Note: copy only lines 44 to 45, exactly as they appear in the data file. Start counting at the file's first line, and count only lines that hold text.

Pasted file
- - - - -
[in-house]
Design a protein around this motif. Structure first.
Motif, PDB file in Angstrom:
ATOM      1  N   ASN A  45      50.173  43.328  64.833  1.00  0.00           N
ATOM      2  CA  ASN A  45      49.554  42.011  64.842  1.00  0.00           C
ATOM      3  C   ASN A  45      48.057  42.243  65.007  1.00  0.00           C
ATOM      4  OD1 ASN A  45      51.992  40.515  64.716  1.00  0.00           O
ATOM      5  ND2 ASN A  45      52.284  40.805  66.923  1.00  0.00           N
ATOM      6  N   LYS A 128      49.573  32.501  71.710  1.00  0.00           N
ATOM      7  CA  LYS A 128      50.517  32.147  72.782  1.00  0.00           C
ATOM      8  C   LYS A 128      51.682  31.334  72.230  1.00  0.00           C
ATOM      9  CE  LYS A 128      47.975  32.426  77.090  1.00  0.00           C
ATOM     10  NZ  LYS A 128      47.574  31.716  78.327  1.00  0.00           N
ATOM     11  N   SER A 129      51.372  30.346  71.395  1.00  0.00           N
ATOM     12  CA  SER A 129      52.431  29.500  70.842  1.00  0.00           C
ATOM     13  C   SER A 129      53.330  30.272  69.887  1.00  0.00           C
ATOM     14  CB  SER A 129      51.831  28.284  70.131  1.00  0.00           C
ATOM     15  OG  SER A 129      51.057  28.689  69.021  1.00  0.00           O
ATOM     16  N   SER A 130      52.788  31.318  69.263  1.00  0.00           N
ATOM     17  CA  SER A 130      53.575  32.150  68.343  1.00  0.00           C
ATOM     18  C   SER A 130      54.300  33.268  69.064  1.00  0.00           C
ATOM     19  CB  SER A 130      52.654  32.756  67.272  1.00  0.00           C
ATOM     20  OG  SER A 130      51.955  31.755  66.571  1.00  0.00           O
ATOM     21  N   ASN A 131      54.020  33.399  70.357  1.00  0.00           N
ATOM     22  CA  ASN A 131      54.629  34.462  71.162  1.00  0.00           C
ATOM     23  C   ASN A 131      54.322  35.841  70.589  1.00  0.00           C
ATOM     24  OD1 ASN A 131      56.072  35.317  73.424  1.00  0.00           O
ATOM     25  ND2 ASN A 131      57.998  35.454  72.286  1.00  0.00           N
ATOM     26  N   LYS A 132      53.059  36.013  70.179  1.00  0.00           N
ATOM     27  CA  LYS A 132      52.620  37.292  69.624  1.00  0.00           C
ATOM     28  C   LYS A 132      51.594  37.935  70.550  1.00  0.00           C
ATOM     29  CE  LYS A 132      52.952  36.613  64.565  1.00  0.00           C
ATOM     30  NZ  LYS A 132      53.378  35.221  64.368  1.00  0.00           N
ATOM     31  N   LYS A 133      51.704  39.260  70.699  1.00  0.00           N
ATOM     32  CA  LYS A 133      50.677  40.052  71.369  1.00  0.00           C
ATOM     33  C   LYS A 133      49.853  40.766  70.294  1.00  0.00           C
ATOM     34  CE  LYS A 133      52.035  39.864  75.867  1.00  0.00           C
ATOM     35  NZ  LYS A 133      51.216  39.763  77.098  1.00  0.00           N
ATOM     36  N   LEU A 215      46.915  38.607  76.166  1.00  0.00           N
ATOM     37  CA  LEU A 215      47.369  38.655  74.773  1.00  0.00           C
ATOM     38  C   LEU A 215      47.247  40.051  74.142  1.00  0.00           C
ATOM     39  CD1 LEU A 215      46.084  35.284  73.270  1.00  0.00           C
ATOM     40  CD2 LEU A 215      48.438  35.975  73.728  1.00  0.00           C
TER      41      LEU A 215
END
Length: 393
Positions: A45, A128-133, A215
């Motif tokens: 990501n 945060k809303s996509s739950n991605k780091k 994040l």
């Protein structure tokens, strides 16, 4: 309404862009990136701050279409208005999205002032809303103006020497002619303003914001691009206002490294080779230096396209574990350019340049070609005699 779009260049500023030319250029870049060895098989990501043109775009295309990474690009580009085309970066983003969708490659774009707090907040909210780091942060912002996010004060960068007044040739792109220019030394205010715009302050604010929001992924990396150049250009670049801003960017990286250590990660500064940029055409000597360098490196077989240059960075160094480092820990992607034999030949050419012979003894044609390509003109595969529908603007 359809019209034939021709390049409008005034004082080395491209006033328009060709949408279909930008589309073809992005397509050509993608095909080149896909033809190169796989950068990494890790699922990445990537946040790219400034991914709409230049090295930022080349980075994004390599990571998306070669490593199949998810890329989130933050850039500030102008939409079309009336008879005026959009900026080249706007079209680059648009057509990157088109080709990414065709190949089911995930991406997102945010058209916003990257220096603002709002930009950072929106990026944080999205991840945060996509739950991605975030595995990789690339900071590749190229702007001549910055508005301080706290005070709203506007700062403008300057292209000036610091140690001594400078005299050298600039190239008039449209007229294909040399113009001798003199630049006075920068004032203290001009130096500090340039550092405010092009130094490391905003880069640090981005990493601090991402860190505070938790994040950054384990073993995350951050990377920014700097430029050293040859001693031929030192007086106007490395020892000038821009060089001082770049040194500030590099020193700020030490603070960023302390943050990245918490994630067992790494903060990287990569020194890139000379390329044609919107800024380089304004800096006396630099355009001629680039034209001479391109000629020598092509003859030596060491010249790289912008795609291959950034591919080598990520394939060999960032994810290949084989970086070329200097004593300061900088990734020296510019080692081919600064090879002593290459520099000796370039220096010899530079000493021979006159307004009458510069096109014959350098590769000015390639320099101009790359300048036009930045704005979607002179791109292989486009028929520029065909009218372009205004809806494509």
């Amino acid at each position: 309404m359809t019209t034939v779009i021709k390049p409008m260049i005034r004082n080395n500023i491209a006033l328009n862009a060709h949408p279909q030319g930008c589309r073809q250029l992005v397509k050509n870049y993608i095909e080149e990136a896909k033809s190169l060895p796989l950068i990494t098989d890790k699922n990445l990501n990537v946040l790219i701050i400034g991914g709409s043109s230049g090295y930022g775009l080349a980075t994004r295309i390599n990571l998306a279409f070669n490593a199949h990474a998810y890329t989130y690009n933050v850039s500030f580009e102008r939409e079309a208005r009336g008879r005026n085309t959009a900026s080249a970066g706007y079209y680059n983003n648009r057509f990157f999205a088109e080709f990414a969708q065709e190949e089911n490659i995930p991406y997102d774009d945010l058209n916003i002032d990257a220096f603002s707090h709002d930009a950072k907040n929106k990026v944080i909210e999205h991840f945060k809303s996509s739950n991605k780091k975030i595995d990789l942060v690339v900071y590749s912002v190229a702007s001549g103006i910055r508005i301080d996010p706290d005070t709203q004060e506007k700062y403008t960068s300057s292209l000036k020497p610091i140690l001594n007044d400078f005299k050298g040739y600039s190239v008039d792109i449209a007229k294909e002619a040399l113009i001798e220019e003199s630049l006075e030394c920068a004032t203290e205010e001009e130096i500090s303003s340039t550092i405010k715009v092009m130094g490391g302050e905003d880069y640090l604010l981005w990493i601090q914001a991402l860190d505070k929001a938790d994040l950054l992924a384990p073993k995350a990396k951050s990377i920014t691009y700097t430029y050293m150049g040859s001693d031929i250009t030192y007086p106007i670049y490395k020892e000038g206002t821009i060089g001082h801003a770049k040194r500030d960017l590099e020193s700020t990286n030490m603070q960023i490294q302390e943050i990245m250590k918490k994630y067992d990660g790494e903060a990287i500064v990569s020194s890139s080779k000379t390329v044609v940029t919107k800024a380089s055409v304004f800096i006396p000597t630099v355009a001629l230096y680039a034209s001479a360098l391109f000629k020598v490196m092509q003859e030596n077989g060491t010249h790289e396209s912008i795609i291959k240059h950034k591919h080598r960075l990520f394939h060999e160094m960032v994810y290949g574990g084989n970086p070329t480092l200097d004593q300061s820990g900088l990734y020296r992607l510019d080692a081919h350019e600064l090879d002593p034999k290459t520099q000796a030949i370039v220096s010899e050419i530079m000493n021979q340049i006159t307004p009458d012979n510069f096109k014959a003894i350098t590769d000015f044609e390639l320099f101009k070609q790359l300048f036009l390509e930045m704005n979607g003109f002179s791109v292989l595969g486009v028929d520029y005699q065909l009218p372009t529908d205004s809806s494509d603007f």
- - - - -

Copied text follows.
TER      41      LEU A 215
END